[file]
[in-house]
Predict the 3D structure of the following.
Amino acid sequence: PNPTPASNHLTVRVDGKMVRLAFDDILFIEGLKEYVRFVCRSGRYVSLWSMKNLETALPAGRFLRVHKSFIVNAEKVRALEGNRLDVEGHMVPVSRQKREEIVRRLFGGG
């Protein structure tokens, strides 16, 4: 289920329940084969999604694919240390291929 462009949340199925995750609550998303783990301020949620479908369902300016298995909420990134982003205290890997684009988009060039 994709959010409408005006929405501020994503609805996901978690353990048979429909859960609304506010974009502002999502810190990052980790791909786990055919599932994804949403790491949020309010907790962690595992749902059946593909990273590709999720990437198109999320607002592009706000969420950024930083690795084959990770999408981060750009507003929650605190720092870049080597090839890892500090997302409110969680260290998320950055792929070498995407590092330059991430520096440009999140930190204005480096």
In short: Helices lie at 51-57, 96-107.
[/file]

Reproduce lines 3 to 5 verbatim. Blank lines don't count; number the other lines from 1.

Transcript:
Amino acid sequence: PNPTPASNHLTVRVDGKMVRLAFDDILFIEGLKEYVRFVCRSGRYVSLWSMKNLETALPAGRFLRVHKSFIVNAEKVRALEGNRLDVEGHMVPVSRQKREEIVRRLFGGG
């Protein structure tokens, strides 16, 4: 289920329940084969999604694919240390291929 462009949340199925995750609550998303783990301020949620479908369902300016298995909420990134982003205290890997684009988009060039 994709959010409408005006929405501020994503609805996901978690353990048979429909859960609304506010974009502002999502810190990052980790791909786990055919599932994804949403790491949020309010907790962690595992749902059946593909990273590709999720990437198109999320607002592009706000969420950024930083690795084959990770999408981060750009507003929650605190720092870049080597090839890892500090997302409110969680260290998320950055792929070498995407590092330059991430520096440009999140930190204005480096």
In short: Helices lie at 51-57, 96-107.